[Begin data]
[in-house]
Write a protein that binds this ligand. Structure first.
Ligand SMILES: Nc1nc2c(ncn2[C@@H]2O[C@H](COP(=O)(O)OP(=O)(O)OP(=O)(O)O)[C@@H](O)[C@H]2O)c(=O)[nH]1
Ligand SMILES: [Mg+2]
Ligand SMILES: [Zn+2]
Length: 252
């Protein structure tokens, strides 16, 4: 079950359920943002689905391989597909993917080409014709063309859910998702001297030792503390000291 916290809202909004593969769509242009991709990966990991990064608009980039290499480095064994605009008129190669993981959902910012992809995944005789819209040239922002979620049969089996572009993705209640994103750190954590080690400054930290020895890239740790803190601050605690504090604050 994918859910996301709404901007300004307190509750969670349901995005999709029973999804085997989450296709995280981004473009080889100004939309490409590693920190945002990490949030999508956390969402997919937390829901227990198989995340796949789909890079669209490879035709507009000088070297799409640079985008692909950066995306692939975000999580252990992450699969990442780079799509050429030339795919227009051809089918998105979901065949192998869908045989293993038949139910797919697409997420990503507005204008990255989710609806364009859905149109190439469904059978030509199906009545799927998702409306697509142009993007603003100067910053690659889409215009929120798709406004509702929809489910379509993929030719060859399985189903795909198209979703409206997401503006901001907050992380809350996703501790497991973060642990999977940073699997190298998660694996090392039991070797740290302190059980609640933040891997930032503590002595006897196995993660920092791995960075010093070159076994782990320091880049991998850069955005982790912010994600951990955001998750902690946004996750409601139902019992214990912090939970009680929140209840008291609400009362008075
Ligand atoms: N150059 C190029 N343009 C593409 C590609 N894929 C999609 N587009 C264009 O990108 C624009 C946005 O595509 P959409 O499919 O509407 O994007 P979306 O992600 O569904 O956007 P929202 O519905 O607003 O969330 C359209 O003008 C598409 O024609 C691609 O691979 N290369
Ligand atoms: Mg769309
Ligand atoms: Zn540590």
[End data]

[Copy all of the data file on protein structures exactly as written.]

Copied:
[in-house]
Write a protein that binds this ligand. Structure first.
Ligand SMILES: Nc1nc2c(ncn2[C@@H]2O[C@H](COP(=O)(O)OP(=O)(O)OP(=O)(O)O)[C@@H](O)[C@H]2O)c(=O)[nH]1
Ligand SMILES: [Mg+2]
Ligand SMILES: [Zn+2]
Length: 252
């Protein structure tokens, strides 16, 4: 079950359920943002689905391989597909993917080409014709063309859910998702001297030792503390000291 916290809202909004593969769509242009991709990966990991990064608009980039290499480095064994605009008129190669993981959902910012992809995944005789819209040239922002979620049969089996572009993705209640994103750190954590080690400054930290020895890239740790803190601050605690504090604050 994918859910996301709404901007300004307190509750969670349901995005999709029973999804085997989450296709995280981004473009080889100004939309490409590693920190945002990490949030999508956390969402997919937390829901227990198989995340796949789909890079669209490879035709507009000088070297799409640079985008692909950066995306692939975000999580252990992450699969990442780079799509050429030339795919227009051809089918998105979901065949192998869908045989293993038949139910797919697409997420990503507005204008990255989710609806364009859905149109190439469904059978030509199906009545799927998702409306697509142009993007603003100067910053690659889409215009929120798709406004509702929809489910379509993929030719060859399985189903795909198209979703409206997401503006901001907050992380809350996703501790497991973060642990999977940073699997190298998660694996090392039991070797740290302190059980609640933040891997930032503590002595006897196995993660920092791995960075010093070159076994782990320091880049991998850069955005982790912010994600951990955001998750902690946004996750409601139902019992214990912090939970009680929140209840008291609400009362008075
Ligand atoms: N150059 C190029 N343009 C593409 C590609 N894929 C999609 N587009 C264009 O990108 C624009 C946005 O595509 P959409 O499919 O509407 O994007 P979306 O992600 O569904 O956007 P929202 O519905 O607003 O969330 C359209 O003008 C598409 O024609 C691609 O691979 N290369
Ligand atoms: Mg769309
Ligand atoms: Zn540590």